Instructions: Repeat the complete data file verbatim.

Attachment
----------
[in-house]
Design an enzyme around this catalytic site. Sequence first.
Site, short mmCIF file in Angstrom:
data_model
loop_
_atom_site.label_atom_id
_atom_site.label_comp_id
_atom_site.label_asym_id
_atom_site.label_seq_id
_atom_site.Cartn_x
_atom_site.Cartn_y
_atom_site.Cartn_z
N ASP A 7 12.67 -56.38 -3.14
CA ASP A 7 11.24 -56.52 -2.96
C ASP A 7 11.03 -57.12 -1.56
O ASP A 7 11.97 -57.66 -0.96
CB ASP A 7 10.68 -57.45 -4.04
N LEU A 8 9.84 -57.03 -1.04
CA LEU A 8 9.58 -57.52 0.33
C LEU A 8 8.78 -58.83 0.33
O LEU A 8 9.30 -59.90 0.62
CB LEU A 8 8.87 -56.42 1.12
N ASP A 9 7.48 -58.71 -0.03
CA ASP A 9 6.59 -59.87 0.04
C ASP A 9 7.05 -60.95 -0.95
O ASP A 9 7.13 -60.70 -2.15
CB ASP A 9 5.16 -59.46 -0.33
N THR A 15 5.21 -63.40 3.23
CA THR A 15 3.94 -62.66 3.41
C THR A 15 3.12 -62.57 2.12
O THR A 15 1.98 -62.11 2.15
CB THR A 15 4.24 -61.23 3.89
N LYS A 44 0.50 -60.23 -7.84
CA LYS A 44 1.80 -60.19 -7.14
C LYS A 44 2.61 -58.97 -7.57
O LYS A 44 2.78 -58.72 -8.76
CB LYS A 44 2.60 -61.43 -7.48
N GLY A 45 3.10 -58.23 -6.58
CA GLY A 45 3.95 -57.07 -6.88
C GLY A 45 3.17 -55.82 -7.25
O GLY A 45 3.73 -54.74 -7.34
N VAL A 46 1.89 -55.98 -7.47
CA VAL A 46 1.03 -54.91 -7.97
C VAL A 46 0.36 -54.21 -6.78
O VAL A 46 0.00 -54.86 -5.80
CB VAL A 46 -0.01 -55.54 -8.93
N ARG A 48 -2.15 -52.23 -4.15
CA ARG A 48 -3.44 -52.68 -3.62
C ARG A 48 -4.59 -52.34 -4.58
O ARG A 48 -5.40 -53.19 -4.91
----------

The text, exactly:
[in-house]
Design an enzyme around this catalytic site. Sequence first.
Site, short mmCIF file in Angstrom:
data_model
loop_
_atom_site.label_atom_id
_atom_site.label_comp_id
_atom_site.label_asym_id
_atom_site.label_seq_id
_atom_site.Cartn_x
_atom_site.Cartn_y
_atom_site.Cartn_z
N ASP A 7 12.67 -56.38 -3.14
CA ASP A 7 11.24 -56.52 -2.96
C ASP A 7 11.03 -57.12 -1.56
O ASP A 7 11.97 -57.66 -0.96
CB ASP A 7 10.68 -57.45 -4.04
N LEU A 8 9.84 -57.03 -1.04
CA LEU A 8 9.58 -57.52 0.33
C LEU A 8 8.78 -58.83 0.33
O LEU A 8 9.30 -59.90 0.62
CB LEU A 8 8.87 -56.42 1.12
N ASP A 9 7.48 -58.71 -0.03
CA ASP A 9 6.59 -59.87 0.04
C ASP A 9 7.05 -60.95 -0.95
O ASP A 9 7.13 -60.70 -2.15
CB ASP A 9 5.16 -59.46 -0.33
N THR A 15 5.21 -63.40 3.23
CA THR A 15 3.94 -62.66 3.41
C THR A 15 3.12 -62.57 2.12
O THR A 15 1.98 -62.11 2.15
CB THR A 15 4.24 -61.23 3.89
N LYS A 44 0.50 -60.23 -7.84
CA LYS A 44 1.80 -60.19 -7.14
C LYS A 44 2.61 -58.97 -7.57
O LYS A 44 2.78 -58.72 -8.76
CB LYS A 44 2.60 -61.43 -7.48
N GLY A 45 3.10 -58.23 -6.58
CA GLY A 45 3.95 -57.07 -6.88
C GLY A 45 3.17 -55.82 -7.25
O GLY A 45 3.73 -54.74 -7.34
N VAL A 46 1.89 -55.98 -7.47
CA VAL A 46 1.03 -54.91 -7.97
C VAL A 46 0.36 -54.21 -6.78
O VAL A 46 0.00 -54.86 -5.80
CB VAL A 46 -0.01 -55.54 -8.93
N ARG A 48 -2.15 -52.23 -4.15
CA ARG A 48 -3.44 -52.68 -3.62
C ARG A 48 -4.59 -52.34 -4.58
O ARG A 48 -5.40 -53.19 -4.91